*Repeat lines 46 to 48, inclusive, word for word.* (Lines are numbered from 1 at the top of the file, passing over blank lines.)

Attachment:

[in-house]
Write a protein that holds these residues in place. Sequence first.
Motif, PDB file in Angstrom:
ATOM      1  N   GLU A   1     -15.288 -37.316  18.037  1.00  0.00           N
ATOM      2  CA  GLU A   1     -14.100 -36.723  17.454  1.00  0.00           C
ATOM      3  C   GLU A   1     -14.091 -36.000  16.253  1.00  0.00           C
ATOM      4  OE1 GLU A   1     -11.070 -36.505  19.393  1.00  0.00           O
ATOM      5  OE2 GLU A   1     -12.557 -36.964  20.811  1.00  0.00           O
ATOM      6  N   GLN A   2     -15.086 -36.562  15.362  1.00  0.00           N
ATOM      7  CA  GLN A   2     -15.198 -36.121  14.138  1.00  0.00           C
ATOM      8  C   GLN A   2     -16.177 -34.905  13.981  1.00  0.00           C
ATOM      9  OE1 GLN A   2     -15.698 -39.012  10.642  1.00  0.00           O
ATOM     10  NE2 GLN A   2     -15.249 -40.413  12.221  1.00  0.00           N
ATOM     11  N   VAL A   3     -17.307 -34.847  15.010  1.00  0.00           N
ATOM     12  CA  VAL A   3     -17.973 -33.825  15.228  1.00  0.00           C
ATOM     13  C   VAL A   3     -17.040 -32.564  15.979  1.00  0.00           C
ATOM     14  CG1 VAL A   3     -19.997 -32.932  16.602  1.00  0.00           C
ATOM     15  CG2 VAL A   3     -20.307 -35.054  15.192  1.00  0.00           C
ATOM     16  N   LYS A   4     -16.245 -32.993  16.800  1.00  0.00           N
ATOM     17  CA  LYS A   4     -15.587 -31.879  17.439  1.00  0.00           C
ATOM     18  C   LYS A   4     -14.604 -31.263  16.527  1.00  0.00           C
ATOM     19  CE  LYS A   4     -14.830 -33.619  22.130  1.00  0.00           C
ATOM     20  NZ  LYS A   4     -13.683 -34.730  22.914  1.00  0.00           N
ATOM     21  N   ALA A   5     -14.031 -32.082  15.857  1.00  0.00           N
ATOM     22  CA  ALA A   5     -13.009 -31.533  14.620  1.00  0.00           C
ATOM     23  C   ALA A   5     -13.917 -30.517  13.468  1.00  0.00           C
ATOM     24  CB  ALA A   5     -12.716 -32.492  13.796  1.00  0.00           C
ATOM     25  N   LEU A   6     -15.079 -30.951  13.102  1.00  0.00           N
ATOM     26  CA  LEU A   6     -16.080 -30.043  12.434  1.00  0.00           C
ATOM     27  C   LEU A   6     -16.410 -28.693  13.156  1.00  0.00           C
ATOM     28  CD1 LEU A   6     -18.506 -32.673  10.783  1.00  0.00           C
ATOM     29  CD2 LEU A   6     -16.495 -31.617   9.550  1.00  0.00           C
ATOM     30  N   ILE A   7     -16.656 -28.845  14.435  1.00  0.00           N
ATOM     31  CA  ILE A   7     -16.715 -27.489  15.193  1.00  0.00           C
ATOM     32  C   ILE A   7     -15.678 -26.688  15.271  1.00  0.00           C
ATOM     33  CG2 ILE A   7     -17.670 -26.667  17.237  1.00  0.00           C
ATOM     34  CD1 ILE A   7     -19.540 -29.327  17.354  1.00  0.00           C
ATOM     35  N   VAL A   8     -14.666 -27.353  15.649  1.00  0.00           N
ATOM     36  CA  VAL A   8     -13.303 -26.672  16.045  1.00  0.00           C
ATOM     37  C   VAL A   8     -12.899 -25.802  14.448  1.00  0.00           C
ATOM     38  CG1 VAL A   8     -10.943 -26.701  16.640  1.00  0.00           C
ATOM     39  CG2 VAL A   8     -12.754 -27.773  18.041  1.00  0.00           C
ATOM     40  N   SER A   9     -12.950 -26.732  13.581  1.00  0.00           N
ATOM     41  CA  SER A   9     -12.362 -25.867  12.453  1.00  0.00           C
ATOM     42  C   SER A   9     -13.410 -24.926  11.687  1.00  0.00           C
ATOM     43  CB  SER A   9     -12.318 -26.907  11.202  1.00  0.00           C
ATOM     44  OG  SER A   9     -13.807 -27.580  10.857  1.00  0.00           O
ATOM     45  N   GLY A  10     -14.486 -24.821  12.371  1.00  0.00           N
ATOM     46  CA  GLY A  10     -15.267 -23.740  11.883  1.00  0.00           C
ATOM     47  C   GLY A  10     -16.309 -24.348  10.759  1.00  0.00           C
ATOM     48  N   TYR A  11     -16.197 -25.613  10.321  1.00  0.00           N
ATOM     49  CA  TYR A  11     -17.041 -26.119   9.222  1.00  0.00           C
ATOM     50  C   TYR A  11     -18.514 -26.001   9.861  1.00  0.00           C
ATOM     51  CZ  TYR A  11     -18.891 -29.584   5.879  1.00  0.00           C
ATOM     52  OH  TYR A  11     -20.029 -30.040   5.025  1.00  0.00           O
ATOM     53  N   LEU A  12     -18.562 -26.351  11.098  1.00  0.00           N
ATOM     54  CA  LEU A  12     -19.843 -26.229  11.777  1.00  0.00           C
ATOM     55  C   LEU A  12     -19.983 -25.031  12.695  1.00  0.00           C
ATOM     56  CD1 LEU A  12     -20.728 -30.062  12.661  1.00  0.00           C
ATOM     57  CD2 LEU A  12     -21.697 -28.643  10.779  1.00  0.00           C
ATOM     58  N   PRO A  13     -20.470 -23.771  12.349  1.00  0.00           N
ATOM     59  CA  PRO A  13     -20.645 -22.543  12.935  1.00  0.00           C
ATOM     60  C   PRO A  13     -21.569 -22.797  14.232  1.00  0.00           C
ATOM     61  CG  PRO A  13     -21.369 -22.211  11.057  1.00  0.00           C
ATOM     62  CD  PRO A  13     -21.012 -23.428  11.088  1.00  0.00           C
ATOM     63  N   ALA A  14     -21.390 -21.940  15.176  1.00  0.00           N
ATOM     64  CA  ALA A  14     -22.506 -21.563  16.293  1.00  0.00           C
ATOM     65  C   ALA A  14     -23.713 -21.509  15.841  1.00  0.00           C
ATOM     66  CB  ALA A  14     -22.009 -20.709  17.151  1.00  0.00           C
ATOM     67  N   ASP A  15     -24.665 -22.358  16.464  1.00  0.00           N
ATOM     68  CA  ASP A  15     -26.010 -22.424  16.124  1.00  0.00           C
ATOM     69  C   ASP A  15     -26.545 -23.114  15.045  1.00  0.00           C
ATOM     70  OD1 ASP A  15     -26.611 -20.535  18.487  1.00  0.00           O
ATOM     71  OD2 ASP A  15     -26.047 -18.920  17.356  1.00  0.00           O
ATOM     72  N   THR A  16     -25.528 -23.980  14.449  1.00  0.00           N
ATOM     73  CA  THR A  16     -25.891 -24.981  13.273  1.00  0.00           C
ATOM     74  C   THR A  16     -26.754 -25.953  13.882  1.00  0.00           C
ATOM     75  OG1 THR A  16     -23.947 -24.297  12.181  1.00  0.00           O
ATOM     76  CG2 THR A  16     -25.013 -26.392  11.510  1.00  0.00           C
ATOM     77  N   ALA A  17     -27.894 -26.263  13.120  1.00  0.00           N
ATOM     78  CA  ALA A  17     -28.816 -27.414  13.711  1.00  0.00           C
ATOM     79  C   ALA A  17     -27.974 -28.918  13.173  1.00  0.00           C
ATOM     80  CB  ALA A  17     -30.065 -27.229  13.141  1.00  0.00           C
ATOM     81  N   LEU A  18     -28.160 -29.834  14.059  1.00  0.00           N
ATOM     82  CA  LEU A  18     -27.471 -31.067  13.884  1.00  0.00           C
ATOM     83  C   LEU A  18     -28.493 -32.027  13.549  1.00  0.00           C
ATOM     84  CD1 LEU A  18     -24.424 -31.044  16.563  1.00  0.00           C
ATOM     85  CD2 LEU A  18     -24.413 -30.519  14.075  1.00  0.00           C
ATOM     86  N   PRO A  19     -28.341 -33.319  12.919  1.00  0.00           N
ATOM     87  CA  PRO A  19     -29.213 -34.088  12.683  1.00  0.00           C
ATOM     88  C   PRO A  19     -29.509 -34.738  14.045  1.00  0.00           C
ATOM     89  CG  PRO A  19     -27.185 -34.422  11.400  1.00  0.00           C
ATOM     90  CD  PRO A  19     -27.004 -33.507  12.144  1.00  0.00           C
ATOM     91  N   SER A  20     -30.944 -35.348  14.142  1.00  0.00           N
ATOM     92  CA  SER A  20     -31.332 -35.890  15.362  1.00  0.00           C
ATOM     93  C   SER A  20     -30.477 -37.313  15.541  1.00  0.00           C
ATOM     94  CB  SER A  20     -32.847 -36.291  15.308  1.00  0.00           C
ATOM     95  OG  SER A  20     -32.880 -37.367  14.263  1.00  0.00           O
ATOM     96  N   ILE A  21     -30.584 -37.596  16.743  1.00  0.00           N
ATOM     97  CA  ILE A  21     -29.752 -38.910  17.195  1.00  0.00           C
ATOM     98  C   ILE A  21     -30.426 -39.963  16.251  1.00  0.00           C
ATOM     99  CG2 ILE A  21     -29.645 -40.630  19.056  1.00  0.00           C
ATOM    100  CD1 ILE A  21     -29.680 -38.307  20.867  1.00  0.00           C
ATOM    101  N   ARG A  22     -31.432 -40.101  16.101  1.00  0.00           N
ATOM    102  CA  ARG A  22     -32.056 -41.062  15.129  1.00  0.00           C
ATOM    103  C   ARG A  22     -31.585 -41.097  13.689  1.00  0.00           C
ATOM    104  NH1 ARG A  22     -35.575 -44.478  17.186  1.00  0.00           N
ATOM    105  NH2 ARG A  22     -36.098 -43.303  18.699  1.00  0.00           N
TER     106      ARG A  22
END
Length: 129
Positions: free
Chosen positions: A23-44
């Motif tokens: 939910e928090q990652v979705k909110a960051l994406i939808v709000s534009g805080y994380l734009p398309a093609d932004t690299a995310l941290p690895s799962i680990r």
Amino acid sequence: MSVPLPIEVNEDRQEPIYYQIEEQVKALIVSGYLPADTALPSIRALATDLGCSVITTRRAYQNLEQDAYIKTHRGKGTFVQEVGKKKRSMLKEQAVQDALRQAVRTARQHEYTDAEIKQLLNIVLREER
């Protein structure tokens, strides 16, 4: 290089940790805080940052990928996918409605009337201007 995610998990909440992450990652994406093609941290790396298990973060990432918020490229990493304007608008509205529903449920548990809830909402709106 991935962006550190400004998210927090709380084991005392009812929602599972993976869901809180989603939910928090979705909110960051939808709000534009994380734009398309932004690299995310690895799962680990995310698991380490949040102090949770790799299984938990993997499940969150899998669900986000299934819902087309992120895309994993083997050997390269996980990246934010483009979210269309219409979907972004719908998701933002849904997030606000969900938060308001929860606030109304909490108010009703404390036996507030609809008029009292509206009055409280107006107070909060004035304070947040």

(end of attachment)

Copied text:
ATOM     43  CB  SER A   9     -12.318 -26.907  11.202  1.00  0.00           C
ATOM     44  OG  SER A   9     -13.807 -27.580  10.857  1.00  0.00           O
ATOM     45  N   GLY A  10     -14.486 -24.821  12.371  1.00  0.00           N